WASHINGTON — Italy’s highest court will decide whether to uphold Amanda Knox’s murder conviction in the infamous 2007 case for which she had previously been found guilty and later acquitted.
But when the Italian court renders its verdict on Friday, Knox will be thousands of miles away, beyond the reach of Italian officials — for now.
Italian police officers can’t just disembark on American soil and drag Knox back to prison in Italy. But if Knox is found guilty, Italian officials could commence extradition proceedings, asking their American counterparts to put Knox on a plane back to Italy so she can face what could be a 28-year prison sentence.
Under normal circumstances, the U.S. would be required to extradite Knox because of a 1983 extradition treaty between the U.S. and Italy that establishes a framework for individuals charged or convicted of certain crimes in one country to be detained by officials in the other and sent back to the former.
It’s nothing unusual. The U.S. actually has extradition agreements with more than 100 countries.
But the high-profile nature of the case and the controversial evidence around which prosecutors have built their argument make Knox’s extradition anything but certain.
That likely won’t stop Italian officials from calling up their American counterparts and asking for Knox’s extradition — but U.S. officials might be inclined to say no.
It wouldn’t be the first time the extradition treaty between the U.S. and Italy has broken down, but past cases in which the U.S. refused to extradite individuals convicted in Italy — or Italy didn’t request their extradition — involved U.S. military and intelligence officials.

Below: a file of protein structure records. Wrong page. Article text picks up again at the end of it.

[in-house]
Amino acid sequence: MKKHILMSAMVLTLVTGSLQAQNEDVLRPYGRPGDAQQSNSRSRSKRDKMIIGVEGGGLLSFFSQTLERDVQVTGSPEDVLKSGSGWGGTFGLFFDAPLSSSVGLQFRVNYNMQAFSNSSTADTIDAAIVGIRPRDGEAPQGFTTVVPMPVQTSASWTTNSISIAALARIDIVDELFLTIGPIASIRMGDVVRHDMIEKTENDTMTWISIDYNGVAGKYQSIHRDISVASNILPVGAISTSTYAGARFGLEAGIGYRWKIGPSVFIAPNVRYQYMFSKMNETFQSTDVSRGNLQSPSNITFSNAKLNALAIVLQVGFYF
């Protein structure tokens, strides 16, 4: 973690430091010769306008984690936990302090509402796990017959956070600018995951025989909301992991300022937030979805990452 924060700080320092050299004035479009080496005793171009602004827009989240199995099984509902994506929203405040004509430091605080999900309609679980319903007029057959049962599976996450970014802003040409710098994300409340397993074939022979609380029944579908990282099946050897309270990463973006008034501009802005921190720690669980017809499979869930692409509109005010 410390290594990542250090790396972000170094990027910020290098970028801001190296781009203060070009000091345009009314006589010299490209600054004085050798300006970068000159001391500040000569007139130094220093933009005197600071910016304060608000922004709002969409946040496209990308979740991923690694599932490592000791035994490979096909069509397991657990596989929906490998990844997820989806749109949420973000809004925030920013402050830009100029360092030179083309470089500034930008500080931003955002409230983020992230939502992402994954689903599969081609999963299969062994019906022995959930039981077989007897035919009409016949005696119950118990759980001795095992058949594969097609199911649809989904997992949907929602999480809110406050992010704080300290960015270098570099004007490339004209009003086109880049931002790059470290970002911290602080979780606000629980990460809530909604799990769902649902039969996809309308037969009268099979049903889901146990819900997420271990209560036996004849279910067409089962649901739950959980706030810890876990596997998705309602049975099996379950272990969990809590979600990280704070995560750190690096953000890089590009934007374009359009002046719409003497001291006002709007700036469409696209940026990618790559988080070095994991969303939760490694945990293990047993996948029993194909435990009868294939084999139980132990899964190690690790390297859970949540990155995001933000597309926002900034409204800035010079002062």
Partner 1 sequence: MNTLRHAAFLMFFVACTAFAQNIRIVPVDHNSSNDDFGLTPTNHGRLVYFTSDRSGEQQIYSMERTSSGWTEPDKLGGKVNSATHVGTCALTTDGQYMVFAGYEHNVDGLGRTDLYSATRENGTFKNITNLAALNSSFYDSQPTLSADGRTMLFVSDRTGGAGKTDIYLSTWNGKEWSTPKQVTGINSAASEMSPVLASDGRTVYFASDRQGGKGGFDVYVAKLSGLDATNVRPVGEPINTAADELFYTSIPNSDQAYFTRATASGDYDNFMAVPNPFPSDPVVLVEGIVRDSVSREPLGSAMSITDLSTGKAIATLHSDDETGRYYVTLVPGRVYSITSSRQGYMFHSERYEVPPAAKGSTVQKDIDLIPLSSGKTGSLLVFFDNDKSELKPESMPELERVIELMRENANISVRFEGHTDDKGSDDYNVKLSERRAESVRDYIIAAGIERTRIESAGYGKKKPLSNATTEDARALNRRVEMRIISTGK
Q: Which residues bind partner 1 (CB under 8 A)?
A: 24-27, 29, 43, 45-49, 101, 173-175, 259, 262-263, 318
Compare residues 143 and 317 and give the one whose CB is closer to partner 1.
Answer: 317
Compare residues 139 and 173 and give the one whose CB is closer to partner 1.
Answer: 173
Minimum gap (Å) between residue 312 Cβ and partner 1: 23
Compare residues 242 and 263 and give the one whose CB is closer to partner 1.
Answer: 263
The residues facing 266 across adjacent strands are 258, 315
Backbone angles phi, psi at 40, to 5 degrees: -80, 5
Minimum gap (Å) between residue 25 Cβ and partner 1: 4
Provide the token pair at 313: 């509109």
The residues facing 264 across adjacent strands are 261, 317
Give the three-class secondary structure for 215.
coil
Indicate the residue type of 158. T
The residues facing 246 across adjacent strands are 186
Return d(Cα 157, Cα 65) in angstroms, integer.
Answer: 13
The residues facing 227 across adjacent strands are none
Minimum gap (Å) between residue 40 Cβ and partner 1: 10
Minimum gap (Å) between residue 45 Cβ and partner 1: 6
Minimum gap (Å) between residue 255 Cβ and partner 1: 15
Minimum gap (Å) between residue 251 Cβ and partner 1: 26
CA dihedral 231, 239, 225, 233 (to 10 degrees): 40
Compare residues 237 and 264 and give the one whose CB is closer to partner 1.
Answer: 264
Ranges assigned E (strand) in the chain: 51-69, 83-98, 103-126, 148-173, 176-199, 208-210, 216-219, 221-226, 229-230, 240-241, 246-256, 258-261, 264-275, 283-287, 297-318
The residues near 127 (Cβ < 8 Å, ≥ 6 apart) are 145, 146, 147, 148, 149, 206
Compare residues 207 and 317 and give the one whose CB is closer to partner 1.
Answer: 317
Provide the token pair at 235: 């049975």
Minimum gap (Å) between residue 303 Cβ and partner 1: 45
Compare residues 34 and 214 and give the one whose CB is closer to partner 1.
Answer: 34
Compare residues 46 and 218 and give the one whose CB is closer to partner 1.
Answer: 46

Knox’s case would be a new test for American diplomatic and justice officials.
And while some legal experts contend Knox could very well be extradited, others say U.S. officials could refuse to hand over Knox by leaning on a double-jeopardy clause included in the extradition treaty between the two countries.
“Extradition shall not be granted when the person sought has been convicted, acquitted or pardoned, or has served the sentence imposed, by the Requested Party for the same acts for which extradition is requested,” the treaty states.
And Knox was, according to M. Cherif Bassiouni, a former U.N. lawyer and international extradition law expert.
American and Italian officials may interpret the treaty’s double-jeopardy clause differently based on their own judicial systems, but Bassiouni said no interpretation would pass muster.
“Whatever the interpretation of article VI may be … Amanda Knox would not be extraditable to Italy should Italy seek her extradition because she was retried for the same acts, the same facts, and the same conduct,” Bassiouni wrote in an Oxford University Press blog post. “Her case was reviewed three times with different outcomes even though she was not actually tried three times.”